The popular American pickup truck, the F150, will soon be available in electric form and has finally entered production. After a long wait, Ford has finally assembled all of the necessary components to meet its goal of producing 150,000 trucks each year.
A lengthy wait is still to be expected, since the amount of reservations (about 200,000) surpasses the Lightning's production capacity. However, it is extremely astonishing that Ford was able to buy enough components for 150,000 trucks in the midst of the Covid epidemic, which caused a global shortage of semiconductors and battery components.
Expecting a higher production number would be wishful thinking, as supply of these components has not yet caught up with worldwide demand. The Russian invasion of Ukraine hasn't helped matters either.
Despite this, Ford has committed to triple its original annual production capacity of roughly 50,000 trucks. This all-electric truck will be the first full-size truck from a traditional automaker, and its specifications will undoubtedly place it at the top of the market. Chevy's promise of introducing a rival Silverado EV in late 2023 and Stellantis' claim of launching a Ram EV in 2024 only strengthens Ford's grip on this market.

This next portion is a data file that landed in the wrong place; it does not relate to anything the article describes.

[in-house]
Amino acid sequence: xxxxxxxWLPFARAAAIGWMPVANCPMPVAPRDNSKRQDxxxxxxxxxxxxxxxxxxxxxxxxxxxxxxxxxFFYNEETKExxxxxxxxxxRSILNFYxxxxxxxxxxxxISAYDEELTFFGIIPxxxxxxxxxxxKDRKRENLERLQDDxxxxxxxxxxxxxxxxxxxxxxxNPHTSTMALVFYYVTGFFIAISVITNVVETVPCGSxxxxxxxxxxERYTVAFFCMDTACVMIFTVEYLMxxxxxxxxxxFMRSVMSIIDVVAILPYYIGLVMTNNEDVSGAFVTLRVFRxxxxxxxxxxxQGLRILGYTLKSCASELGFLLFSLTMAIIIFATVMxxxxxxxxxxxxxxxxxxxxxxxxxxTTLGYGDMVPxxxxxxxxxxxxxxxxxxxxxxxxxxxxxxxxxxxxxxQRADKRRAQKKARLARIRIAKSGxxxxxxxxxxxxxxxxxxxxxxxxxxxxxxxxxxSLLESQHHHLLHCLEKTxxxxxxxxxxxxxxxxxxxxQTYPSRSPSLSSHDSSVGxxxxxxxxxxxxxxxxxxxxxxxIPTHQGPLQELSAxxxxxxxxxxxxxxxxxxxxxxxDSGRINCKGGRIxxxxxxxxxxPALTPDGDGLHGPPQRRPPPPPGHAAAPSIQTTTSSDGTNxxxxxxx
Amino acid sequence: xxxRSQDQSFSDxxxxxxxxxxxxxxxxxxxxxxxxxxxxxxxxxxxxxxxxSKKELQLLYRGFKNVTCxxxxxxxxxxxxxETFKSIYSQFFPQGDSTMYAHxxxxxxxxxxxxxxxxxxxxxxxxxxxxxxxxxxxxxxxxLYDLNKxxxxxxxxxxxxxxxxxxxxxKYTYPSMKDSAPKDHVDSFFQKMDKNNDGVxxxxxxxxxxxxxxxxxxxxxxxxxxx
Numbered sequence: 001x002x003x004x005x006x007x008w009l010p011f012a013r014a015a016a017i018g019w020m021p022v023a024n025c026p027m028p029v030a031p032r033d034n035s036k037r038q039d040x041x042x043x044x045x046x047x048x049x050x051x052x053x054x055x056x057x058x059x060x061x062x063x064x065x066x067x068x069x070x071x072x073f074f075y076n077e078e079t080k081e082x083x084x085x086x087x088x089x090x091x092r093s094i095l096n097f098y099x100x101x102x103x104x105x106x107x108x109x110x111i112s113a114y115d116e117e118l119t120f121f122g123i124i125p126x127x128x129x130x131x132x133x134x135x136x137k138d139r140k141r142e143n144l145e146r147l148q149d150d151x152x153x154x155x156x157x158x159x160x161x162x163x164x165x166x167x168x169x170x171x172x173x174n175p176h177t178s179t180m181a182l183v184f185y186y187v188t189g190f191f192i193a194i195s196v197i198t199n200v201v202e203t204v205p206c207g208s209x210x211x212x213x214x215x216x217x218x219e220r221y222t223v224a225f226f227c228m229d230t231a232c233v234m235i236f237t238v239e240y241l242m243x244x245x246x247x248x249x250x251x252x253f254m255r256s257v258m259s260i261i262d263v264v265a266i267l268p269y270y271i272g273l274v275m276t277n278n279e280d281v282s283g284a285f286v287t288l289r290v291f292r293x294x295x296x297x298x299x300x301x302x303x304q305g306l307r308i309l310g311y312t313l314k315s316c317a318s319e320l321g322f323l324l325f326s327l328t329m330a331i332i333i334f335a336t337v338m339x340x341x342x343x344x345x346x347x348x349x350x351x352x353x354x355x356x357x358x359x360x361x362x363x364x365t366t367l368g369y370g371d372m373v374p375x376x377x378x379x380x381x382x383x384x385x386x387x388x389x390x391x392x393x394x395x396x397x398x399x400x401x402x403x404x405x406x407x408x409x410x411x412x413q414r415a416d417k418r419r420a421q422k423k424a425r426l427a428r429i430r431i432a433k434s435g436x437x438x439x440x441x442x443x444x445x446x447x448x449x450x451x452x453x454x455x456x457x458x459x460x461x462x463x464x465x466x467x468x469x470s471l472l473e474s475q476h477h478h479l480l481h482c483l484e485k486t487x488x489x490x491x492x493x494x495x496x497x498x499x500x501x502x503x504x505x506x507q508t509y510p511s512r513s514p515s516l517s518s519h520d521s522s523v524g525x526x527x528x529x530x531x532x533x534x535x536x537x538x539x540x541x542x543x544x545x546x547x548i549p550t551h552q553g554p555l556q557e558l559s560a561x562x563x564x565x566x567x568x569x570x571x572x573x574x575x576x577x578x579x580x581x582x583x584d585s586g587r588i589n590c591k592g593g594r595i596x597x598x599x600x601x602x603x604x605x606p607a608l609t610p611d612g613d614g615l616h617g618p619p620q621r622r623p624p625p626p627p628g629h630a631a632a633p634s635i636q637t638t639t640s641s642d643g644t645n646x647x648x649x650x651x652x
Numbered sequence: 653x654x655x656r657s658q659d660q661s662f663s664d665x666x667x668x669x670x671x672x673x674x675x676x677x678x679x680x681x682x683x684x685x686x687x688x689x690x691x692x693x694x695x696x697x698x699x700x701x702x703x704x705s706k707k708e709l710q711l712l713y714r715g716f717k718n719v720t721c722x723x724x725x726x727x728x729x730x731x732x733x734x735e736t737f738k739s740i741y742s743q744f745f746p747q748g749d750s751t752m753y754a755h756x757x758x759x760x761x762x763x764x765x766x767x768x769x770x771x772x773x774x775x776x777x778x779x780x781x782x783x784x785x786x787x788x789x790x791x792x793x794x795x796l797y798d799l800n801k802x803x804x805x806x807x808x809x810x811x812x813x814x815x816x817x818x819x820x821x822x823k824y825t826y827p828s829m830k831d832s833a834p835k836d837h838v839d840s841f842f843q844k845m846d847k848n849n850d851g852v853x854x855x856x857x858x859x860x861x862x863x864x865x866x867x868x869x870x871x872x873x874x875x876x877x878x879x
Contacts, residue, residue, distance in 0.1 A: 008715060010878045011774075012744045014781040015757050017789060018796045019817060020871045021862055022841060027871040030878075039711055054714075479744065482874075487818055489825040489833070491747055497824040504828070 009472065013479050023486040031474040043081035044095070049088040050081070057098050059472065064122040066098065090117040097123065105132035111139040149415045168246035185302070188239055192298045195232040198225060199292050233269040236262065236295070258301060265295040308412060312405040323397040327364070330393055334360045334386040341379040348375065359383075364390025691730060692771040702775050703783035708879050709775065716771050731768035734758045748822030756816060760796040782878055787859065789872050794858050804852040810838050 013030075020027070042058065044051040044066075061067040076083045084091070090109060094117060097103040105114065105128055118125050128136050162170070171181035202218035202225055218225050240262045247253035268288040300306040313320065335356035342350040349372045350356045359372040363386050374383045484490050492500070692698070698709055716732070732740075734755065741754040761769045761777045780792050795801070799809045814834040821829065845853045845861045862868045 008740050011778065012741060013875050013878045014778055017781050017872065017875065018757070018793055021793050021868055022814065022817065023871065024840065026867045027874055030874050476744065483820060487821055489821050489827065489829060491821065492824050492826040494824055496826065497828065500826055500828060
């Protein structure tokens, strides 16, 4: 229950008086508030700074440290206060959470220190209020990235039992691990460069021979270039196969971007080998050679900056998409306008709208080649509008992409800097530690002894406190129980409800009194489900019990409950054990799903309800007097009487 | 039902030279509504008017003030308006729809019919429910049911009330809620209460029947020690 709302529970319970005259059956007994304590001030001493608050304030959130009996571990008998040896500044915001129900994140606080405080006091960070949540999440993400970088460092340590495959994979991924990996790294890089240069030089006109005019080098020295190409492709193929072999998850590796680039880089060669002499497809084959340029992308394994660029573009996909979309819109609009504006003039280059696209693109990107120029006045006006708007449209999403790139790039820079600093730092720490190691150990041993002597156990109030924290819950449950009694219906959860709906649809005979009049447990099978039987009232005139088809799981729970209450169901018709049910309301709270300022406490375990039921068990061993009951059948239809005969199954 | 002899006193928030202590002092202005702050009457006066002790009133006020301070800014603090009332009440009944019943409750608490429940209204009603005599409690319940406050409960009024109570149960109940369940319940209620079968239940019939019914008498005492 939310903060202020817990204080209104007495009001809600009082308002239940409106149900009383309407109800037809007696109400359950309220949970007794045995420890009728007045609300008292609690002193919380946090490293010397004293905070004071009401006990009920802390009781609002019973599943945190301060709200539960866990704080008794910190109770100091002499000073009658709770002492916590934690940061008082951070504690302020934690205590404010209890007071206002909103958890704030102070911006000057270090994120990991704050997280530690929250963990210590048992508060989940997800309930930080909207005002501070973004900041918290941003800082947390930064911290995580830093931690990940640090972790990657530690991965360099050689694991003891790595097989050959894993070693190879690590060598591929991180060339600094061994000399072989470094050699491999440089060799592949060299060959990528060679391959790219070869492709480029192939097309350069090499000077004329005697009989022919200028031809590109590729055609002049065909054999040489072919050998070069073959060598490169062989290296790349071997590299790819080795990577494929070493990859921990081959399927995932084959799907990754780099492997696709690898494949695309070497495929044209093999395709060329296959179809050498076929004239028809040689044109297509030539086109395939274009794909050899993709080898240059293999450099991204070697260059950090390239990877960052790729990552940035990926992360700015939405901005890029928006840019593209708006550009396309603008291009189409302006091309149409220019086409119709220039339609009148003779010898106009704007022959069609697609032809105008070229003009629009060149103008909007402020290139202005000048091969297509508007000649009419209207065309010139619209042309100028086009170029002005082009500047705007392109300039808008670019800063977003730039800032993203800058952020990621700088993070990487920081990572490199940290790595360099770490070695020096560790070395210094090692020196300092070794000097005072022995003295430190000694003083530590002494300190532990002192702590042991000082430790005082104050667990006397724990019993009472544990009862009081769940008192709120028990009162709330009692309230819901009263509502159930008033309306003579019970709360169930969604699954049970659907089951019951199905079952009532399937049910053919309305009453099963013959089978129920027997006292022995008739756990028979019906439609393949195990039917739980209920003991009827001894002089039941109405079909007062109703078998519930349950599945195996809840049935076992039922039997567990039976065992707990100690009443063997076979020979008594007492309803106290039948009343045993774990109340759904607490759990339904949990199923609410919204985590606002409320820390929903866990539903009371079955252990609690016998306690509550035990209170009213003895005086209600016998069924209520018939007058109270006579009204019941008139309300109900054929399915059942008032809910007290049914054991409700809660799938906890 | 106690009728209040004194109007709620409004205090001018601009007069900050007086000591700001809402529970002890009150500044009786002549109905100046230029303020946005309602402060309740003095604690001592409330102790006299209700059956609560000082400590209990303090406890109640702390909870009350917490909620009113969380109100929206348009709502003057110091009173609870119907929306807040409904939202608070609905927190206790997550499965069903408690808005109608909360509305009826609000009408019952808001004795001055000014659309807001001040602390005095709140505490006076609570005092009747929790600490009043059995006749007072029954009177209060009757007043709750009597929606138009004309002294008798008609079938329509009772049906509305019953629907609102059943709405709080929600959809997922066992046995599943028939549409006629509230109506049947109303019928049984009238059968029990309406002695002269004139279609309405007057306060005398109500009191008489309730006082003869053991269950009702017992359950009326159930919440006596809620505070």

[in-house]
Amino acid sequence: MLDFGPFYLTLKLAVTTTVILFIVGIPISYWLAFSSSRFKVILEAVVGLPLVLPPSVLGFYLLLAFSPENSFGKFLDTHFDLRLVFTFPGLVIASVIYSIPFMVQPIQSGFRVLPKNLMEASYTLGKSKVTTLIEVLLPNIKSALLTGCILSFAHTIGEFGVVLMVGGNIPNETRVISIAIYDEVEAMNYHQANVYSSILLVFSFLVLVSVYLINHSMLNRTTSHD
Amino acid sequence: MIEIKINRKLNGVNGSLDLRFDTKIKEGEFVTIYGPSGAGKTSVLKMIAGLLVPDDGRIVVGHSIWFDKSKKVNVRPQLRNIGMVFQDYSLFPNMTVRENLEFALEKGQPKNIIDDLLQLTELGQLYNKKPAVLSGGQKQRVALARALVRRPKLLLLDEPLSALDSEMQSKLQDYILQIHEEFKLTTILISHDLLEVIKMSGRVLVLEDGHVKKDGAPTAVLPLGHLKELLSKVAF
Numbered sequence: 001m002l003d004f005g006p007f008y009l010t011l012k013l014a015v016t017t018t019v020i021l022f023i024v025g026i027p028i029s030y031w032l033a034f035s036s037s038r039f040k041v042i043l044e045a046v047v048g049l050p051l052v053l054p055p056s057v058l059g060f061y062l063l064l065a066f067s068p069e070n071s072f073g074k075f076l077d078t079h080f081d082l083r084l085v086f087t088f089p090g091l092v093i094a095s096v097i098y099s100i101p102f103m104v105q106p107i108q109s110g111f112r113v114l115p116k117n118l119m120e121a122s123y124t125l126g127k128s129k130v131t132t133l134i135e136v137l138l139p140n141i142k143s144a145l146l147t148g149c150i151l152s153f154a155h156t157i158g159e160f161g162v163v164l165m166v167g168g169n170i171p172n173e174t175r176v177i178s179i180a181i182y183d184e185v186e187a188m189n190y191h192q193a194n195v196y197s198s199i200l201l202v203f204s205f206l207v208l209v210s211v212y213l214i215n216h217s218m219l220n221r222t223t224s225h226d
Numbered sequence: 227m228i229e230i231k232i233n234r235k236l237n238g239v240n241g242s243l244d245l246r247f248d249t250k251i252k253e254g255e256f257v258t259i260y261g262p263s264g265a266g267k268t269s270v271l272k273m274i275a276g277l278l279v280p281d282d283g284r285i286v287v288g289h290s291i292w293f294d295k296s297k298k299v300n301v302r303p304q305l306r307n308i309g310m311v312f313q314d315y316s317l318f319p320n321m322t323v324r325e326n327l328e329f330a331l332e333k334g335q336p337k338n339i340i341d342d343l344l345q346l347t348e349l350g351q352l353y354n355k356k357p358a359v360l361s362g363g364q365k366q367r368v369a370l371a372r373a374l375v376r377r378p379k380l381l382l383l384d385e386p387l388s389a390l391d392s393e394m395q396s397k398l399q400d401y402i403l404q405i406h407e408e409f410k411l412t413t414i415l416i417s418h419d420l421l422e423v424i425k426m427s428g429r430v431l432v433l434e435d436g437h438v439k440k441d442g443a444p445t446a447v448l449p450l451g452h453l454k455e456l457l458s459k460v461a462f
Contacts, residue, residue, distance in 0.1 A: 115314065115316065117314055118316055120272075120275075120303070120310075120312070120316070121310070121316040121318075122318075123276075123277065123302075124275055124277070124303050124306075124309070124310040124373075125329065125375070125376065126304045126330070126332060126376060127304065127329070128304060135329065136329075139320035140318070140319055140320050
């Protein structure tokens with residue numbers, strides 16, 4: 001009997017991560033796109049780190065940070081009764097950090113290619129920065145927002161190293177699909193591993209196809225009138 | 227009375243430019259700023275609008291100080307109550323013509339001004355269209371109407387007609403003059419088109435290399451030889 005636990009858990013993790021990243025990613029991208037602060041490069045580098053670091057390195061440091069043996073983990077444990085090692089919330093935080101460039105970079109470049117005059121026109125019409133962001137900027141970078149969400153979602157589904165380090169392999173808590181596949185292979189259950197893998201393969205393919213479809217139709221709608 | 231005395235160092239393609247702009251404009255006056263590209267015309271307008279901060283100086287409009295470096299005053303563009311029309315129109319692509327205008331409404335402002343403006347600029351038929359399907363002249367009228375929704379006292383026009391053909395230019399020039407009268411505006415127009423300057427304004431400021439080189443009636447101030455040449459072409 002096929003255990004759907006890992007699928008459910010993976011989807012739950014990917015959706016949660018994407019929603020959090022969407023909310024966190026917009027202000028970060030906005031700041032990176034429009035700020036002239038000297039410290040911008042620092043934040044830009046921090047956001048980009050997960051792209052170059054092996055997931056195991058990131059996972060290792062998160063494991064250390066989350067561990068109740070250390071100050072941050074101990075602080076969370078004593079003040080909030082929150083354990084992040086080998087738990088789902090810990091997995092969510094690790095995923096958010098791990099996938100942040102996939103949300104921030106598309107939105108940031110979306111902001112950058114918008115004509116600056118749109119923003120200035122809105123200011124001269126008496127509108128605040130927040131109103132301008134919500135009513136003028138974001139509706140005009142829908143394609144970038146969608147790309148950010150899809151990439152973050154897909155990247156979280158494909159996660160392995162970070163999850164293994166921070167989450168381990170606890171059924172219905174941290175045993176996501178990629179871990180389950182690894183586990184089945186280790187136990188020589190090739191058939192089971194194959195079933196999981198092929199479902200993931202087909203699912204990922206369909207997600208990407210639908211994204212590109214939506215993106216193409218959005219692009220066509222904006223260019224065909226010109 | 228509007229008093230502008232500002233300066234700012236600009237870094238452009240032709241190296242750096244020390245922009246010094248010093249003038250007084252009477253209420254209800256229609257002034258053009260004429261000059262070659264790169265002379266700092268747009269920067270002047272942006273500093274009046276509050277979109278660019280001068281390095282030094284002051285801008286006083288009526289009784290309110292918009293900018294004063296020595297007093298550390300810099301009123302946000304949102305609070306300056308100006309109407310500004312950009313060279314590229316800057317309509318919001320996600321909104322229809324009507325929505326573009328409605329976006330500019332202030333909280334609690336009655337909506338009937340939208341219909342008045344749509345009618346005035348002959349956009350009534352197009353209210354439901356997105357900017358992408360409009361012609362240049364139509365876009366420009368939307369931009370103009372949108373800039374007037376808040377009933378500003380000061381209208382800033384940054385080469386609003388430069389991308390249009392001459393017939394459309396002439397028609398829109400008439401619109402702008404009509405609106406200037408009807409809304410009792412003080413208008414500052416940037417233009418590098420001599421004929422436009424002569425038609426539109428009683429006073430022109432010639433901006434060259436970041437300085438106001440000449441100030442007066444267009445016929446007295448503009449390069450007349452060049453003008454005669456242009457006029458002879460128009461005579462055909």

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Other American companies will find it difficult to compete with specs like the 320-mile range, 10,000-pound towing capacity, and 2000-pound payload capacity. According to their renowned advertising, the Lightning would also be able to charge EVs and even power homes. A $40,000 starting price could be the final nail in the coffin for rivals and other EV businesses.
Ford will manufacture their truck in their new Rouge complex's new factory. The battery will be supplied by SK Innovations, a Korean powerhouse that will manufacture batteries in their Georgia factory.
With Tesla shares falling following Elon Musk's purchase of Twitter, and subsequent minor drops in Rivian and Lucid shares, a golden opportunity has been bestowed on the Dearborn automaker to capture a significant amount of market share before Tesla and other EV manufacturers overcome the supply bottleneck caused by the global semiconductor and battery material shortage.